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Posts Tagged ‘Grexit’

One aspect of the Melian Dialogue that is mentioned relatively rarely is the fact that the exchange of views between the Athenians and the representatives of the Melians takes place in private – at the request of the latter. This has a bearing on the question of whether Thucydides could have had accurate knowledge of what was discussed (A: no, he made it up), but it is clearly also important for understanding the dynamics of those negotiations, and for thinking about how this might affect attempts at employing the Dialogue as a model or template for other situations. In brief, in the real world no such exchange is ever entirely hermetically sealed off; the protagonists ‘represent’ their wider communities (politically, and for us readers also as a synecdoche), but their decisions must be shaped by their consciousness of a possible gap between themselves and the people whom they may be committing to certain actions or fates. The Athenian generals, we can assume, must be conscious that their decisions will be subject in due course to the scrutiny of the Assembly, with the possibility of exile or worse if the demos is displeased. The Melian leaders, however, seek to avoid any such scrutiny, and indeed this becomes one of the Athenian arguments against their choice of defiance rather than surrender: What do you think the rest of your people would say if they knew you were condemning them to inevitable death or slavery? What right does any elite, however legitimate, have to commit the rest of the people to suffering that they never signed up for?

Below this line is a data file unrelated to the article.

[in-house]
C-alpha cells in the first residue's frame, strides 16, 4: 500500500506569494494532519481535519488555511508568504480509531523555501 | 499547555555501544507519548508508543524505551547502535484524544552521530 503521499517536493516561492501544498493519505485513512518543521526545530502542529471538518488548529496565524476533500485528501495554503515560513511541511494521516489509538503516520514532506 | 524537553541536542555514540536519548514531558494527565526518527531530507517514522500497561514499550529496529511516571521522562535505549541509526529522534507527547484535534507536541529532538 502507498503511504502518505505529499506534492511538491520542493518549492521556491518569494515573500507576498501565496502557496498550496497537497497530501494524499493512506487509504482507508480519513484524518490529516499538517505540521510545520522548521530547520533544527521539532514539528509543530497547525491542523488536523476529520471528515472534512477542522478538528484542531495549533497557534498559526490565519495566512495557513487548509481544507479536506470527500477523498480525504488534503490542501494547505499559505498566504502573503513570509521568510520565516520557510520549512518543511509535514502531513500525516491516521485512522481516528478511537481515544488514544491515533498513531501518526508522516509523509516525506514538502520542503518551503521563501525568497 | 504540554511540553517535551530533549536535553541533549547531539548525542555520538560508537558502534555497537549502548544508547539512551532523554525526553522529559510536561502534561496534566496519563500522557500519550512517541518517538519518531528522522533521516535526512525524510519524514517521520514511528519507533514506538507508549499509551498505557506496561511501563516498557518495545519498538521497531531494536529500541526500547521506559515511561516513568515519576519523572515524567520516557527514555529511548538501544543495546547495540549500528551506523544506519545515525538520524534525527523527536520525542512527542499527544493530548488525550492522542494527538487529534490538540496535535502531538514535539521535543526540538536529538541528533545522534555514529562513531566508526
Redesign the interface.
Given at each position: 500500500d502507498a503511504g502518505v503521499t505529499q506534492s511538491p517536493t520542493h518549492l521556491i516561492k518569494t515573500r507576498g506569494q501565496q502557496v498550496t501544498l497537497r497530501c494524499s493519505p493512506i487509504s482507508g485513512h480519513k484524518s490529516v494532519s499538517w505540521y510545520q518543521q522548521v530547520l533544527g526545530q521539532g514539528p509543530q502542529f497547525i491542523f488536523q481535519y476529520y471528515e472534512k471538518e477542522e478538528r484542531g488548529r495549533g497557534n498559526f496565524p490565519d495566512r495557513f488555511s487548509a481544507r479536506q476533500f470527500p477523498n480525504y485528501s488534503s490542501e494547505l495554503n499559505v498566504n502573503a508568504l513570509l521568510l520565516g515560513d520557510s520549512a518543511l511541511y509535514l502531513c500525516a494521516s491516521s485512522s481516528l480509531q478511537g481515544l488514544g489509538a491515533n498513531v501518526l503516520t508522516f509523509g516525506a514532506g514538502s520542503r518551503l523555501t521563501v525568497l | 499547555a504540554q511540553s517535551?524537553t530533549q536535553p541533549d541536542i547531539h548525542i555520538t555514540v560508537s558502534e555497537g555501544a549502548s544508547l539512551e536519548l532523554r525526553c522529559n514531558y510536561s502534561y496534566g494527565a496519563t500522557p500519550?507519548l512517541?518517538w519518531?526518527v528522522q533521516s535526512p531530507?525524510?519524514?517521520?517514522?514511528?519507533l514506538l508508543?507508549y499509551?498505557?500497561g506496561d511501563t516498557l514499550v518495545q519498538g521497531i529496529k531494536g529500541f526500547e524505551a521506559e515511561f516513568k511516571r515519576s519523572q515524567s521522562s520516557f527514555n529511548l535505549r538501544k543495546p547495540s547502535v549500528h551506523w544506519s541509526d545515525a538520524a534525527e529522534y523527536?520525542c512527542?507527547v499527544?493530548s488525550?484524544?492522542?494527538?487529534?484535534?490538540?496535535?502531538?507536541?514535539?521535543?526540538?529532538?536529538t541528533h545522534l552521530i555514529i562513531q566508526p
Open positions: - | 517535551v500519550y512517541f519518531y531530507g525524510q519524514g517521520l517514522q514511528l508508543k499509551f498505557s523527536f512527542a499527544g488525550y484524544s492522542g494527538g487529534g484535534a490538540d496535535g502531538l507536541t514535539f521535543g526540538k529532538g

The contrast with the current Greek situation is striking. (more…)

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